What is domestic violence?
Domestic violence is considered to be a pattern of learned behavior in which one person uses physical, sexual, and emotional abuse to control another person. Domestic violence can include assault, battery, sexual assault, sexual battery, stalking, kidnapping, false imprisonment, and other criminal offenses that result in physical injury or death. False or exaggerated allegations sometimes results in domestic violence charges.
What is a domestic relationship?
Under Michigan law, a person has a domestic relationship if any of the following apply: spouse or former spouse, dating relationship or former dating relationship, a child in common, resident or former resident of the same household.
What can happen if I’m convicted of domestic assault?
Domestic violence first offense is a misdemeanor punishable by up to 93 days in jail and a $500 fine. There are many different forms of domestic violence offenses, and the penalty for a domestic violence crime depends on many factors, including the laws of the jurisdiction, the severity of the act, whether previous offenses have occurred and whether the victim was injured. First-time offenders are often placed on probation, required to serve a few days in custody, perform community service or complete a counseling program. However, many jurisdictions have begun aggressively prosecuting domestic violence crimes, and a prosecutor may seek jail time even for first offenses without serious injury. Others penalties can include significant fines, domestic violence counseling, restitution and anger management classes. The quality, experience, and persuasiveness of the defense attorney can make a monumental difference in the severity of the penalty ultimately imposed by the court. In some cases, an attorney may be able to negotiate a plea bargain whereby the gets dismissed.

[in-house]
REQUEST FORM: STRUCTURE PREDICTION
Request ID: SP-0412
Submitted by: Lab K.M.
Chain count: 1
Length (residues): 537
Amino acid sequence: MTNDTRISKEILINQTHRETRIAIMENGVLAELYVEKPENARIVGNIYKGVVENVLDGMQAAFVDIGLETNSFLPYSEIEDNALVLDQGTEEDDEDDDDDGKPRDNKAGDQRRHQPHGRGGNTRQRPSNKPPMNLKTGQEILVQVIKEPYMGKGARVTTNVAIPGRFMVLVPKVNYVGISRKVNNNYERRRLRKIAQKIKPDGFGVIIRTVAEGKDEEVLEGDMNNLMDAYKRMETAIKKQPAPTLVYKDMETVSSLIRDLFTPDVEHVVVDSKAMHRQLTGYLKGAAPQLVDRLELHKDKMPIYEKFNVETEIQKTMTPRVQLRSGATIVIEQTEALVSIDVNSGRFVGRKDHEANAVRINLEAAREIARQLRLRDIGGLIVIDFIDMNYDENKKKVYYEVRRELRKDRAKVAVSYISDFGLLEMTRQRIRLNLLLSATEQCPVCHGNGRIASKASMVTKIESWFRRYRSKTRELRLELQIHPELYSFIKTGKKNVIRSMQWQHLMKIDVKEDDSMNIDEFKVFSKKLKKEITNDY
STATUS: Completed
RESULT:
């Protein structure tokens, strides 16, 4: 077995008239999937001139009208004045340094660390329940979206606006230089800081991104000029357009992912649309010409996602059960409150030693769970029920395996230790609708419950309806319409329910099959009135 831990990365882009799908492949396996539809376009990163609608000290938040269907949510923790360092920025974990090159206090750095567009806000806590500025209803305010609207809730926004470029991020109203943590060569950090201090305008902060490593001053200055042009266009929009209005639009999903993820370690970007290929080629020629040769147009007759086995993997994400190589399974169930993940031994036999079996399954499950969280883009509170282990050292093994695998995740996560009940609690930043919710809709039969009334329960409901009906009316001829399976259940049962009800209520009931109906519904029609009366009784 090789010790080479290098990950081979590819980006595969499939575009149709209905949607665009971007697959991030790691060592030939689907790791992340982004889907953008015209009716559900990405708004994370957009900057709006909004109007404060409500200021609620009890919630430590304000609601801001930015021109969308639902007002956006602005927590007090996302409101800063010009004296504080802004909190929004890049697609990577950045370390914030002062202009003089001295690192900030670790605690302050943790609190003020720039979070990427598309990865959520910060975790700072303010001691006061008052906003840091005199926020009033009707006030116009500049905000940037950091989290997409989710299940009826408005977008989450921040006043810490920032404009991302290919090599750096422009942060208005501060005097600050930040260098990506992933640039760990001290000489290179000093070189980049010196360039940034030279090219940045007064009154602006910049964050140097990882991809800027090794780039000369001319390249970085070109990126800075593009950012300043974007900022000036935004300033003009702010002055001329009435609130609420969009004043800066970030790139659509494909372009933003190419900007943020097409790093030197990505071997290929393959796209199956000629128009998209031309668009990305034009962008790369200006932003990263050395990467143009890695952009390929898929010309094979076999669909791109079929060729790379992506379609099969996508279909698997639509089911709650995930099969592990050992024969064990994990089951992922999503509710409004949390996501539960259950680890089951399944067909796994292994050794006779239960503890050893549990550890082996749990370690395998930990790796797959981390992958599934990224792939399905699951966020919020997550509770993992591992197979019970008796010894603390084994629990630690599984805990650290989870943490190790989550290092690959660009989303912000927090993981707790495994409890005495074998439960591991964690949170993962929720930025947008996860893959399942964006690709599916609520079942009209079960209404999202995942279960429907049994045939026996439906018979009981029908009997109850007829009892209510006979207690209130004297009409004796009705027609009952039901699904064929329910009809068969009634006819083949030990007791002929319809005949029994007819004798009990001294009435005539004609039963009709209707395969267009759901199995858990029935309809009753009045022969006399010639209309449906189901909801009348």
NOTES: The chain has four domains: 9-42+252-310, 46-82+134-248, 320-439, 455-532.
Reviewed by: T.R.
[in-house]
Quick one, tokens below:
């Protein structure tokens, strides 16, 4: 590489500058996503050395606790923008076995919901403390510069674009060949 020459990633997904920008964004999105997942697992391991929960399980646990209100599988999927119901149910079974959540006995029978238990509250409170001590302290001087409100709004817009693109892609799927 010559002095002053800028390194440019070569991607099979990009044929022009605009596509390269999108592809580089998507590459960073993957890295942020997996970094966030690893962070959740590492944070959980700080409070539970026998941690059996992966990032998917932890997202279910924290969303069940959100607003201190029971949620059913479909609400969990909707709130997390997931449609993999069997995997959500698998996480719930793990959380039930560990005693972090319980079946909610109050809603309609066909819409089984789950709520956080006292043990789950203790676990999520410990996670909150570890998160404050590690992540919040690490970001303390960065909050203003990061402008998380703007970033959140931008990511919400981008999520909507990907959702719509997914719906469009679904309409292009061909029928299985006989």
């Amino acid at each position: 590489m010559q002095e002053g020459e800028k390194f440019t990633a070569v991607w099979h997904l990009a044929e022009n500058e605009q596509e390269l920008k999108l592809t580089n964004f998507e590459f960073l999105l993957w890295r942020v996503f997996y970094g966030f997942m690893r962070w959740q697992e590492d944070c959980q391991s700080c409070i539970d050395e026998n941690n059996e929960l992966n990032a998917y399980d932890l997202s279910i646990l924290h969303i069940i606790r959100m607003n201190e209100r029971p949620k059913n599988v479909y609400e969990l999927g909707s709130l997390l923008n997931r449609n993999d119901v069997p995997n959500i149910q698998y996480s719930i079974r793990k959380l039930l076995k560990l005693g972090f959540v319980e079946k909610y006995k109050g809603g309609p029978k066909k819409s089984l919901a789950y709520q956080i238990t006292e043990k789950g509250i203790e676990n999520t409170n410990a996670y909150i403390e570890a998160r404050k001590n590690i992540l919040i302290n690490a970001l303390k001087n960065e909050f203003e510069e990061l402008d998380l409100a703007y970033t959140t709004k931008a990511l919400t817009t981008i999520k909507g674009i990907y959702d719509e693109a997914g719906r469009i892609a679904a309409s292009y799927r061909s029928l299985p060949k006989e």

If I plead guilty under the Domestic Violence Statute (MCL 769.4a), will the conviction go on my record?